Can the outputs of AI systems qualify as artworks?
Anna Linne (2021-12)

What is an artwork?

What is an artwork? Philosopher Monroe Beardsley provides one of the most widely accepted definitions in the philosophy of art thus far. He says that an artwork is “either an arrangement of conditions intended to be capable of affording an experience with marked aesthetic character or (incidentally) an arrangement belonging to a class or type of arrangements that is typically intended to have this capacity” (Beardsley, 1982). Yet, our understanding of what an artwork is, including its necessary or sufficient conditions, cannot be satisfied by this vague definition. It is impossible to fully define the objective properties of aesthetic objects because when we make an aesthetic judgment, we do not rely on the knowledge of the presentations of the object; rather, we imagine a subject's feeling of pleasure or displeasure as to the presentations of the object. (Kant, 1790) Although some objective standards for recognizing artworks may be reflected in a certain cultural ethos of the period, avant-garde artists within the period would deliberately neglect such standards in favor of new emphasis which, if successful, would initiate a new period with new aesthetic ethos and standards. (Aldrich, 1963)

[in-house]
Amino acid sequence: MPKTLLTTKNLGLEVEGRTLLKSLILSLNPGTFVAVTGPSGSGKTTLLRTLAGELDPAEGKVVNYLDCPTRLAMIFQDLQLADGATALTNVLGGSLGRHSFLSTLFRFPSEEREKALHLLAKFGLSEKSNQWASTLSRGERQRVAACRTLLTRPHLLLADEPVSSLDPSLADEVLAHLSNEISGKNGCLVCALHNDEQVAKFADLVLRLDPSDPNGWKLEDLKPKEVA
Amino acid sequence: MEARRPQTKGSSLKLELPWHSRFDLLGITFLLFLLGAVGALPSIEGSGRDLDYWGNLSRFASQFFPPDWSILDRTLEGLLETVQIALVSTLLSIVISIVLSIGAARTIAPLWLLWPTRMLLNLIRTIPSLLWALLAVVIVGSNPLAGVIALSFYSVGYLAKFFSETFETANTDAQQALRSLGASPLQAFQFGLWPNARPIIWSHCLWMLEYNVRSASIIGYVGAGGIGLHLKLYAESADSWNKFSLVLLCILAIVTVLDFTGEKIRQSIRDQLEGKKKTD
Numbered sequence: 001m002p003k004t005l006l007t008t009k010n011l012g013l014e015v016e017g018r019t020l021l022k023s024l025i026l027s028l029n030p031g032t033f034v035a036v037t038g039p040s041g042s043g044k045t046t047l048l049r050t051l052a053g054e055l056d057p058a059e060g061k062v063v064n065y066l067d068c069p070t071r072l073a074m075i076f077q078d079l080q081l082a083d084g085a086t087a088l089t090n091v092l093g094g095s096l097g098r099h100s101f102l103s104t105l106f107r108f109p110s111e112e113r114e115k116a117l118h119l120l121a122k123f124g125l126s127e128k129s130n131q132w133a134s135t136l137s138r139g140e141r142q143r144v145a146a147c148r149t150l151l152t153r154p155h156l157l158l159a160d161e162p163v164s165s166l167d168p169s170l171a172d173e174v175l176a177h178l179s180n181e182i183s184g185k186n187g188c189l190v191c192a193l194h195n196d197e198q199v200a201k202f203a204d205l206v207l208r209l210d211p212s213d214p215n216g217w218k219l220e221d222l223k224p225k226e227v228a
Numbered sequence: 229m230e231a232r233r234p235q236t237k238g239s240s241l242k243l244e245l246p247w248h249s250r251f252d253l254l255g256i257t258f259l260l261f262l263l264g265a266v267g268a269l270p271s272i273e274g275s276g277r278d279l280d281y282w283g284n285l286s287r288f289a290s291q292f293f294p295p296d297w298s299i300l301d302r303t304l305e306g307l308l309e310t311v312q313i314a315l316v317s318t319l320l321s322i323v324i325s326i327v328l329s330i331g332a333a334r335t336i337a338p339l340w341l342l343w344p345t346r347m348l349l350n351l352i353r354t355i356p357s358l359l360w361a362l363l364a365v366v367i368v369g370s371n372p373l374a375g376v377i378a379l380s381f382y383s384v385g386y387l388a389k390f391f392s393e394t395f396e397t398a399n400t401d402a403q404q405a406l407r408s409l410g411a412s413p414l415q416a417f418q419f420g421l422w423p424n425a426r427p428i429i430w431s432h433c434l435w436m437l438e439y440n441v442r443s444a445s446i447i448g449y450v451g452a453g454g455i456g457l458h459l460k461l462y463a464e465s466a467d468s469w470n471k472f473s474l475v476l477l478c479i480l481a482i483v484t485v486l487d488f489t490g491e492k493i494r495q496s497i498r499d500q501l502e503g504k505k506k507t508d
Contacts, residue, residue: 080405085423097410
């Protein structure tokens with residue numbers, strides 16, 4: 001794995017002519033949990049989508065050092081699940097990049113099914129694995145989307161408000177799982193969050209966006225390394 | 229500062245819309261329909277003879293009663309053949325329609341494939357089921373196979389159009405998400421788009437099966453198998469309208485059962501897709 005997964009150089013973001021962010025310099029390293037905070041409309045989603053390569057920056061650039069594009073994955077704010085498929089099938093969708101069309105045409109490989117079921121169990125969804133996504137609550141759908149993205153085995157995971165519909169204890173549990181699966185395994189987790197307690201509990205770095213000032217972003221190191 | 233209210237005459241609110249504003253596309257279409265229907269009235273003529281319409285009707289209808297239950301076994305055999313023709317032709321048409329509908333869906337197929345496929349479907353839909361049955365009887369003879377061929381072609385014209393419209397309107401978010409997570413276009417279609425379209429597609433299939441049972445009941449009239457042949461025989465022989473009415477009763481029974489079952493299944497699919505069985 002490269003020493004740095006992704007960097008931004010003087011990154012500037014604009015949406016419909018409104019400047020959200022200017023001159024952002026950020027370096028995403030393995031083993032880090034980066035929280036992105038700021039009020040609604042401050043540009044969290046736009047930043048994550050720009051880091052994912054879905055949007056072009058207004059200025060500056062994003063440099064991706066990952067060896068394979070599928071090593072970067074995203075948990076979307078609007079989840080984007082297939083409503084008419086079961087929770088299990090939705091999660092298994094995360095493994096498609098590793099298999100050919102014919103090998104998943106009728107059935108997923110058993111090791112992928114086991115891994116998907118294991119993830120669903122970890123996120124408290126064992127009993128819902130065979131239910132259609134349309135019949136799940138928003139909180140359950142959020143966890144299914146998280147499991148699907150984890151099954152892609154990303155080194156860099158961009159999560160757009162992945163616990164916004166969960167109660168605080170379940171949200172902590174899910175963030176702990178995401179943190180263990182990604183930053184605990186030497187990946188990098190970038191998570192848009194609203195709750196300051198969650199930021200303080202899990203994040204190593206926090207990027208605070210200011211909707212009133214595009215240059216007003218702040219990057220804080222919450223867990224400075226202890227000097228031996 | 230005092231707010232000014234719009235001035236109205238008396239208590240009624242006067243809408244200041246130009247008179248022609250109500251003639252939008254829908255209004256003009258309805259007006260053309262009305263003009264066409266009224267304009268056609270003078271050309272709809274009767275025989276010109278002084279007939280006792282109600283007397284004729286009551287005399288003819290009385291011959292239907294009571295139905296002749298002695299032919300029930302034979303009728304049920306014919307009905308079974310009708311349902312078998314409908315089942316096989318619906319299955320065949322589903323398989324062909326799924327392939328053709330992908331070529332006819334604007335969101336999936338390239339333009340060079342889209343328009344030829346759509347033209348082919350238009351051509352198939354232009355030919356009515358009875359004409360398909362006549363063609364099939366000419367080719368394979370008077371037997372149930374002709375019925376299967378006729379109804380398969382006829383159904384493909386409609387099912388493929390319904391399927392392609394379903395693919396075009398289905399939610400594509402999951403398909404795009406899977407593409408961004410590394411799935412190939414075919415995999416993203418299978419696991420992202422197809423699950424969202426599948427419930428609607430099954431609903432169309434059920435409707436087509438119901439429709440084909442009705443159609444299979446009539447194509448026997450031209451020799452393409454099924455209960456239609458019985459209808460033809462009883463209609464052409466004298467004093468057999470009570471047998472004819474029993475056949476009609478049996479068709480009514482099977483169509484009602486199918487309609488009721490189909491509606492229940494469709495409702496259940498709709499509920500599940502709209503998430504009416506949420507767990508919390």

We are in an age where artificial intelligence (AI) can produce outputs appearing as artworks shown in art exhibits. AI systems can create images we have never seen before. Therefore, these images supposedly have originality. But nonsense can also have originality. Are there some good reasons for judging certain AI system outputs as artworks and not nonsense? If there is creativity in AI art, how is AI art creativity different from traditional art? Is the artist behind AI art the human designers, the machine algorithms, or both? If AI system outputs are avant-garde art reflecting the cultural ethos of our period, how should we understand them? This essay attempts to provide an understanding of how AI system outputs can qualify as artworks and answer these questions.

License: Creative Commons License, Attribution 4.0 International (CC-BY-4.0)

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